BUON MA THUOT, Vietnam – A strategic agreement to develop the Buon Ma Thuot coffee brand is expected to revive the country’s coffee industry, which needs to replace thousands of old, unproductive trees on farms in the Central Highlands province of Dak Lak.
The agreement between Binh Dien Fertilizer Joint-Stock Company and Vinacafé Bien Hoa Joint-Stock Company, a member of the Masan Group Corp, was signed in the province in the run-up to the 6th Coffee Festival that will kick off in Buon Ma Thuot city this weekend.
It is expected to help local authorities create a high-quality, productive coffee-growing area in the province’s Ea Tu commune.
Under the programme, cutting-edge technologies will be used in pilot production models, while small farming households will be consolidated into a centralised farming area to improve coffee productivity in six villages and six hamlets in Ea Tu commune.
Huynh Quoc Thich, deputy director of the province’s Department of Agriculture and Rural Development, said that coffee trees had been cultivated in Dak Lak province for the last 100 years.
Most of the trees are more than 20 years old and produce low yields. The average life span for coffee trees is between 20 and 30 years.
Between 140,000ha and 160,000ha of trees need to be replaced in the next five to 10 years, a big challenge for the industry, Thich said.
The industry is also facing other problems, including small-scale production, poor quality control, and outdated processing technologies.
Ten years ago, coffee brought a prosperous life to millions of farmers in the province, but in recent years the productivity and quality of coffee beans have declined.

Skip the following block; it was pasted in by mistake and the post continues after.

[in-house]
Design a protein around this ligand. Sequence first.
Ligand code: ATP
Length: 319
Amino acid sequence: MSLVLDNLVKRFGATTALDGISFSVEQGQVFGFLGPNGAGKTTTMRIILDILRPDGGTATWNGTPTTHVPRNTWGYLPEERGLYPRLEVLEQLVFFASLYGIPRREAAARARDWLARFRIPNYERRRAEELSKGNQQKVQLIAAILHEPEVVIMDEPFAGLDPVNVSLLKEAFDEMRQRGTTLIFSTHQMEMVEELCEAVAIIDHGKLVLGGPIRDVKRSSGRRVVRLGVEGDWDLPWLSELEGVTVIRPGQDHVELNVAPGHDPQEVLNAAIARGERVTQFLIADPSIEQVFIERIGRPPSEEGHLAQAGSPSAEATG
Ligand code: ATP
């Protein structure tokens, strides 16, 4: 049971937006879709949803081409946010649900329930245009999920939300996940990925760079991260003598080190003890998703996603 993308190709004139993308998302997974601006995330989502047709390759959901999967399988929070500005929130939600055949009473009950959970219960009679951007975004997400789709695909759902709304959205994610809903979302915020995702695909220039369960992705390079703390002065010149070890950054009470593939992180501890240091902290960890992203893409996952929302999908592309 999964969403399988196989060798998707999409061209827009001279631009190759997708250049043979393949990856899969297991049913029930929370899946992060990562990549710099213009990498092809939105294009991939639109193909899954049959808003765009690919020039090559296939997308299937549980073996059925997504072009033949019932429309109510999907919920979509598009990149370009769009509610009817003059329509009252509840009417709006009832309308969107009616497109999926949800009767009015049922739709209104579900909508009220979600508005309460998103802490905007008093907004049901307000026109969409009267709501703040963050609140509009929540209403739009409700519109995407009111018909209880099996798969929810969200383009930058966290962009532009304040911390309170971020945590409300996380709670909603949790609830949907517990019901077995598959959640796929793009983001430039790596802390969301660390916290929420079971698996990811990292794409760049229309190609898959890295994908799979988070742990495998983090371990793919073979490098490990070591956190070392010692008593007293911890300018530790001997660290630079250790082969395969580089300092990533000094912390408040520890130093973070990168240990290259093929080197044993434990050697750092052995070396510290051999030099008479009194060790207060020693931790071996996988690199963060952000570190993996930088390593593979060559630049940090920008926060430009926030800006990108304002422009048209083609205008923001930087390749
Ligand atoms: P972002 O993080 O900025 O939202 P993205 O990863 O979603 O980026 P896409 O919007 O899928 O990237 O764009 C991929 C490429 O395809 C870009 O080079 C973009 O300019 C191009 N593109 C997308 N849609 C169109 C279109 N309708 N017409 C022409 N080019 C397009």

Y Dran Bya, 51, of Ko Tam hamlet in Ea Tu commune, who owns 0.9ha of coffee trees, said that most of his coffee trees were planted in 1972.
The yields have dropped to only 1.3-1.5 tonnes a year, compared to five to seven tonnes a year a decade ago, he said.
Coffee trees more than 20 years old account for 23 percent of the area, and trees 15-20 years old for nearly 35 percent, according to the Department of Agriculture and Rural Development.
More than 92 percent of the coffee trees have not adapted well to disease or to climate changes.
In addition, intensive farming and improper use of fertilisers as well as pesticides have seriously affected soil quality in the province. Many farmers often water trees excessively, washing away nutrients needed for the plants.
The two companies that signed the agreement said they planned to work with the province’s Department of Agriculture and Rural Development and Agriculture Extension Centre.
The two firms have been cooperating with the Central Highlands’ Agro-Forestry Scientific and Technical Institute to create linkages among farmers, scientists, businesses and the state in an aim to improve the Buon Ma Thuot coffee brand.
Pham Quang Vu, chairman of the board of directors of Vinacafé BH JSC, said, “This programme will improve the value of Buon Ma Thuot coffee beans, known as the “pearl of Ban Me”.
The deputy general director of Binh Dien Fertiliser JSC, Vo Van Phu, said the companies were committed to placing “farmer benefits” as their top priority.
“We’re willing to work with farmers on the challenging path ahead,” he added.
Over the past 10 years, the country has exported an annual 1.2-1.5 million tonnes of coffee.
Vietnam ranks second in the world for coffee exports, following Brazil.
The Vinacafé Bien Hoa Joint-Stock Company manufactures and distributes a range of beverage products, including instant coffee, instant cereal and bottled beverages.
The signing ceremony was part of a press conference to announce the 6th Coffee Festival in Buon Ma Thuot city in the province this weekend.
The biennial festival, with the theme “Quintessence Convergence – Identity Promotion – Connecting for Development”, hopes to attract record attendance and showcase the area’s economic potential.
This year, the event will host more activities, including a gong festival and conference on investment promotion for the Central Highlands region.